To extend OpenOffice's capabilities, I've defined some Python macros in a file in the user script directory (~/Library/Application Support/OpenOffice.org/3/user/Scripts/python/, in my case). The macros are visible in the Python macro organizer. However, using the functions in a cell formula results in "#NAME?" (OO.org error 525).

Suppose I've defined the following function :

def pytype(val):
    return str(type(val))

How can I call pytype in a cell formula (e.g. =PYTYPE("string"))?

Background

I'm importing some data from Authorize.net into a MySQL database for analysis. MySQL can't parse the date & time format used by Authorize.net into a DATETIME or TIMESTAMP field, so I'm trying to massage the data into a format MySQL can handle before import. OpenOffice also doesn't recognize the data as a date & time and, as far as I've been able to determine, OO.Org doesn't have a generic date parsing function. Thus I'm extending OO.org's capabilities.

There are other approaches to the larger issue. For example, I could also try to fix up the data in MySQL post-import using additional columns. In fact, this is what I did the first time; however, there's now existing data in the table to contend with. Because of that, and because there are other tasks in the future I hope to accomplish by using macros in formulas, for now I'm mostly interested in calling Python macros in formulae.

up vote 5 down vote accepted

On the old OO.org forums, (super)user Villeroy posted an illustration of how to call Python functions from OO.org Basic, which can then be used in formulae. The key is to use the com.sun.star.script.provider.MasterScriptProviderFactory service as a bridge. Here is an adaptation of his solution, generalized to call arbitrary functions in arbitrary modules:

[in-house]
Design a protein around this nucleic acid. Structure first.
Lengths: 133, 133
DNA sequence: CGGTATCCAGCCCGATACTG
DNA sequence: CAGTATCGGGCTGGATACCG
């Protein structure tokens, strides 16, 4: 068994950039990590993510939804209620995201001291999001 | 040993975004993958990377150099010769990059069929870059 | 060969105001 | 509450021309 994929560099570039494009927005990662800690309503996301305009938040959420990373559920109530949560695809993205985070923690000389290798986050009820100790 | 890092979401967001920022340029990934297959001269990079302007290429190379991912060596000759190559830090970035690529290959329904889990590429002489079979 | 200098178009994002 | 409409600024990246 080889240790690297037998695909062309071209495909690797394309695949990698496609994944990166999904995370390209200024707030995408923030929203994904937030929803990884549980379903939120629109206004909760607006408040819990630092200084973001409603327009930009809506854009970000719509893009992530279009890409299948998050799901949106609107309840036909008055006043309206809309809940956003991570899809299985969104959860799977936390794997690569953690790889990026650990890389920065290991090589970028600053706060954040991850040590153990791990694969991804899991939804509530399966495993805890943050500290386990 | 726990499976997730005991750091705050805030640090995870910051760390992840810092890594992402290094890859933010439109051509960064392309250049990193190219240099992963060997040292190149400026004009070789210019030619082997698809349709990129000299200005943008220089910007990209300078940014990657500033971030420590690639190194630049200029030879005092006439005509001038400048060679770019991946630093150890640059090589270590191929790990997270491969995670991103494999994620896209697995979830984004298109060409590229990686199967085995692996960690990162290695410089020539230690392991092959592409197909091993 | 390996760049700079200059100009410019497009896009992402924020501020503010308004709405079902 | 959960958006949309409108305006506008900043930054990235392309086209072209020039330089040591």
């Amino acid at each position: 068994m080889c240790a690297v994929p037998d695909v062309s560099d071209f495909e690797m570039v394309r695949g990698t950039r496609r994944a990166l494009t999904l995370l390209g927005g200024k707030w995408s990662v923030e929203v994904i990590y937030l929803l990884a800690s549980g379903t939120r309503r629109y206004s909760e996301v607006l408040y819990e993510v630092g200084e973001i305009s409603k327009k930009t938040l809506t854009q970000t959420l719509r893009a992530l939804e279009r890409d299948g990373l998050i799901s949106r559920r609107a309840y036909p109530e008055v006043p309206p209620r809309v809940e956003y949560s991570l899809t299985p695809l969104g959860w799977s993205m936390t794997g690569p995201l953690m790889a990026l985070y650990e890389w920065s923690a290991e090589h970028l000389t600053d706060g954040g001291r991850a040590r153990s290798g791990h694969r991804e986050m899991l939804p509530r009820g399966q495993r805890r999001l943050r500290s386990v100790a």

REM Keep a global reference to the ScriptProvider, since this stuff may be called many times: 
Global g_MasterScriptProvider as Object
REM Specify location of Python script, providing cell functions: 
Const URL_Main as String = "vnd.sun.star.script:" 
Const URL_Args as String = "?language=Python&location=user" 

Function invokePyFunc(file AS String, func As String, args As Array, outIdxs As Array, outArgs As Array)
   sURL = URL_Main & file & ".py$" & func & URL_Args
   oMSP = getMasterScriptProvider()
   On Local Error GoTo ErrorHandler
      oScript = oMSP.getScript(sURL)
      invokePyFunc = oScript.invoke(args, outIdxs, outArgs)
      Exit Function
   ErrorHandler:
      Dim msg As String, toFix As String
      msg = Error$
      toFix = ""
      If 1 = Err AND InStr(Error$, "an error occurred during file opening") Then
         msg = "Couldn' open the script file."
         toFix = "Make sure the 'python' folder exists in the user's Scripts folder, and that the former contains " & file & ".py."
      End If
      MsgBox msg & chr(13) & toFix, 16, "Error " & Err & " calling " & func
end Function

Function getMasterScriptProvider() 
   if isNull(g_MasterScriptProvider) then 
      oMasterScriptProviderFactory = createUnoService("com.sun.star.script.provider.MasterScriptProviderFactory") 
      g_MasterScriptProvider = oMasterScriptProviderFactory.createScriptProvider("")